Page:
Sports Are Serious Business.

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I’m sure a few of you have seen the video I’ve linked at the bottom of this article. This is a video of a stepfather beating his child after dropping the ball during a game of catch. Luckily, a neighbor was taping this sad affair. Even luckier, this neighbor gets involved and says a few choice words defending the poor kid.

 

I’m confident we’ve all been witness to parents taking children athletics much more serious than is realistically necessary. To make the story even juicier, the abusive step dad is an elected official. Hopefully the viral nature of this video has cost him more than just a felony child abuse charge. With any luck, he’s been stripped of his post and can focus all his obvious “passion” for his legal defense.

 

This story has been covered to death, so I’ll skip the minute details and just get to the point of discussing the insanity of our country’s obsession with sports at the kid level. Looking at sports even at the professional level is a lesson in greed and squandered resources. I get the concept of revelry, teamwork and sharing common goals but I just don’t understand the thought process of forcing the level of gravity that parents put on their children when it comes to something so pedestrian.

 

We spent one season of softball with our daughter, and after enduring the grueling schedules, the zealous parents, and the ludicrous cost to be involved we pulled her out never to return. It’s mindless. I understand that there are indeed valuable lessons to be gained in sports. I just don’t think that those lessons should include rabid competition, and the vast amount of resources that are spent when it comes to sports in our school system.

 

All professional studies I’ve read from reliable sources show that as a country, we’re struggling to remain at the middle of the pack. A passage from www.greatschools.org had the most recent data with Finland outperforming us by leagues, as well as sixteen other industrialized countries beating us as well. The Huffington Post’s latest world ranking was put into terms of an Educational Olympics, to show how we stack up with the rest of the world. http://www.huffingtonpost.com/2012/07/27/education-olympics-how-do_n_1707968.html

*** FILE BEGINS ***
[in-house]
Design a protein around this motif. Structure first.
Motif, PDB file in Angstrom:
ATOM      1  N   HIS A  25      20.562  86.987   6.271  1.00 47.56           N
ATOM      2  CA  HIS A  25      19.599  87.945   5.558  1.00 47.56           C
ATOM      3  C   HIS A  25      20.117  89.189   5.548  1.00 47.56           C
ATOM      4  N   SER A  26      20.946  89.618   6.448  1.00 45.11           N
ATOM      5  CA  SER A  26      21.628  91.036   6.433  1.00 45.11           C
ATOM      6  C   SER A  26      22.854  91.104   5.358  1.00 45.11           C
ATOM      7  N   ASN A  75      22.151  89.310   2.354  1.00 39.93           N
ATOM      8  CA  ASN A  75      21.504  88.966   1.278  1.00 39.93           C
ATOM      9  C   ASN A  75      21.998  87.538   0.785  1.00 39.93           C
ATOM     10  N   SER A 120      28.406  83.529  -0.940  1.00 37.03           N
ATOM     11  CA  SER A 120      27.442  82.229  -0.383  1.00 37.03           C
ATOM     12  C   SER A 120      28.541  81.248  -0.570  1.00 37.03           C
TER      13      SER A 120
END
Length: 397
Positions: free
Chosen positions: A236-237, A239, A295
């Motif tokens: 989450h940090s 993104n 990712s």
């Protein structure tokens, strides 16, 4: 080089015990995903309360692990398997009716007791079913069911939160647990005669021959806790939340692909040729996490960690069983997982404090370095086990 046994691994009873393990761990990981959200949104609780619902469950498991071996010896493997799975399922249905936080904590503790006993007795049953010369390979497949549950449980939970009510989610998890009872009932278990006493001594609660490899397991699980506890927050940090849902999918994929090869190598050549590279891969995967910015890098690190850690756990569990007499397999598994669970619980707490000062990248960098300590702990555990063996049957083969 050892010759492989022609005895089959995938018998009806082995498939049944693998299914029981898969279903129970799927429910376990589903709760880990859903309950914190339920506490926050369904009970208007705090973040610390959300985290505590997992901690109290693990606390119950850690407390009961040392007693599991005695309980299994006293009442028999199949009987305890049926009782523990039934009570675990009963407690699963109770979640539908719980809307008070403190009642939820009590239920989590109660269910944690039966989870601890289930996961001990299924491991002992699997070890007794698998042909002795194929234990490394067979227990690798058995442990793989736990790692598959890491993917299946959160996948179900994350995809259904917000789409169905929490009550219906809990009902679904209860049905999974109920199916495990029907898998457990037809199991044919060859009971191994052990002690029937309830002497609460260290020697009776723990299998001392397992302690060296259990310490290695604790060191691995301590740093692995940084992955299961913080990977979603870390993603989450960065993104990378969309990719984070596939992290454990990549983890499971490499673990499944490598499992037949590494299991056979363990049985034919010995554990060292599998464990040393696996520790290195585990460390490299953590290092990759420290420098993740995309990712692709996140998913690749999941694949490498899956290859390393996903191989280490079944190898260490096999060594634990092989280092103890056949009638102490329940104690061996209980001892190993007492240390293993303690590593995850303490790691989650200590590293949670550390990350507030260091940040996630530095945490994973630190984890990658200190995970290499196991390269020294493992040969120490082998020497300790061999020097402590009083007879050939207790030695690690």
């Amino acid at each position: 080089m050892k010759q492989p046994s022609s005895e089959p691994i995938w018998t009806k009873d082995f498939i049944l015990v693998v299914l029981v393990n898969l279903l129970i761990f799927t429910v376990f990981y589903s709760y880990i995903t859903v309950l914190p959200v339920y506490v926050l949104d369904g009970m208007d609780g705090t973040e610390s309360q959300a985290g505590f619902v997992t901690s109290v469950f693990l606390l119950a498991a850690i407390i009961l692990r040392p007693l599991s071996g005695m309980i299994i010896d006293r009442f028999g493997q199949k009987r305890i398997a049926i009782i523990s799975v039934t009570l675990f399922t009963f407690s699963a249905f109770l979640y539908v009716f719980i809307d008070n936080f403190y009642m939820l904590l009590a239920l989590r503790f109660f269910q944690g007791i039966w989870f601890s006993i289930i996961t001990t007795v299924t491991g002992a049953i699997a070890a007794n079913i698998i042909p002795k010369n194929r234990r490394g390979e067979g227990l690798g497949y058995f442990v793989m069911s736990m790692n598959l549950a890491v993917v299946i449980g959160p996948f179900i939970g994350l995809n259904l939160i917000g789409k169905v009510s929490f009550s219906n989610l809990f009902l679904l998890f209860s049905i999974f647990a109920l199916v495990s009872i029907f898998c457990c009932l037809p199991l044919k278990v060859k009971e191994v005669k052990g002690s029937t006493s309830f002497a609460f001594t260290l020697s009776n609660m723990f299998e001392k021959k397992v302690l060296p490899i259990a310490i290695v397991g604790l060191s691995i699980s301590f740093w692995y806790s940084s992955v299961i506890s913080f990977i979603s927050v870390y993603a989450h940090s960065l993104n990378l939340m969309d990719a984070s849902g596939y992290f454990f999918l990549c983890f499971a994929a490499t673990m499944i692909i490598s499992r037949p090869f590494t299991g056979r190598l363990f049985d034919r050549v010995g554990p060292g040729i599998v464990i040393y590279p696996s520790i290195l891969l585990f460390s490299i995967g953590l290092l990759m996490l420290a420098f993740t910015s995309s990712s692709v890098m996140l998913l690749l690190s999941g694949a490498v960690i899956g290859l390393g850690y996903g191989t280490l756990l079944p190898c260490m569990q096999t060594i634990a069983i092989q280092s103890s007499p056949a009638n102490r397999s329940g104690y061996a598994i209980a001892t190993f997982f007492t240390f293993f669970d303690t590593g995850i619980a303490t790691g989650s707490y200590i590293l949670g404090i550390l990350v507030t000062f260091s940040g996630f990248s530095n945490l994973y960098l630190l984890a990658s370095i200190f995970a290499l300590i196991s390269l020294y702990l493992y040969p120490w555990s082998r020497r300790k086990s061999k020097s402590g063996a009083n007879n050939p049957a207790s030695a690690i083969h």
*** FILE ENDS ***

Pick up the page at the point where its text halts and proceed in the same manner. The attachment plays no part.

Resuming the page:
This clever chart shows the U.S. with the most gold medals overall, but when you get down to calories spent compared to literal success in the classroom we are woefully behind. The overall winners were Great Britain with the gold, Japan silver, and Germany lastly with the Bronze medal. This chart should be analyzed with some wariness as it only compares the top ten countries with the most gold medals. Finland is not even mentioned, despite them being the most effective country when it comes to overall education. While not the most accurate vehicle for examining which country is the best in education, the Huffington Post Olympic chart does a wonderful job of showing that our country is expending a ton of energy while yielding mediocre results; which is my overlying theme here.

 

Our public school systems spend nearly eleven thousand dollars annually per student to educate them. Athletic expenditures vary wildly state by state, but on average each state spends at least ten percent of their total budget on athletic activities. That may not seem like much at first glance but when you tally the country’s sport expenditures at the bare minimum of ten percent annually, it quickly adds up. You do the math. My results show the country spending fifty five thousand dollars per student annually to put them through sports. With nearly seventy seven million kids in our school system, my shitty calculations have the conservative estimate at nearly 4,235,000,000,000 dollars. Fuck. That’s a lot of money.

 

With our kids performing so poorly compared to the rest of the civilized world, is this kind of money really well spent? If you include the states who pride themselves on their athletic programs, that number goes up dramatically.

 

Personally, I think that sports programs need to be completely removed from the public school system. If this kind of money could be spent on more important subjects such as math and science, imagine the impact it would have on getting our children prepared for real life application. If the parents want their kids to be involved in sports, let them pay for it themselves. I’m sick of shelling out cash to equip our kids to play games that have no real educational bearing.

 

So in closing, I’d like our readers to assess how much they care about public school athletics and if this kind of spending is justified. It seems frivolous to me. I don’t watch sports, or care for them really. So, I’m biased. What do you think? Are you okay with our nation’s obsession with sports indoctrination? When you get down to how many students actually make it into the professional sports level, it’s just silly. What say you, faithful reader? Are you comfortable with this amount of bloat for non essential activities in our school systems? I look forward to your comments and opinions. Thanks so much for reading.

 

Dadius

http://www.youtube.com/watch?v=xVQVBJgVxyM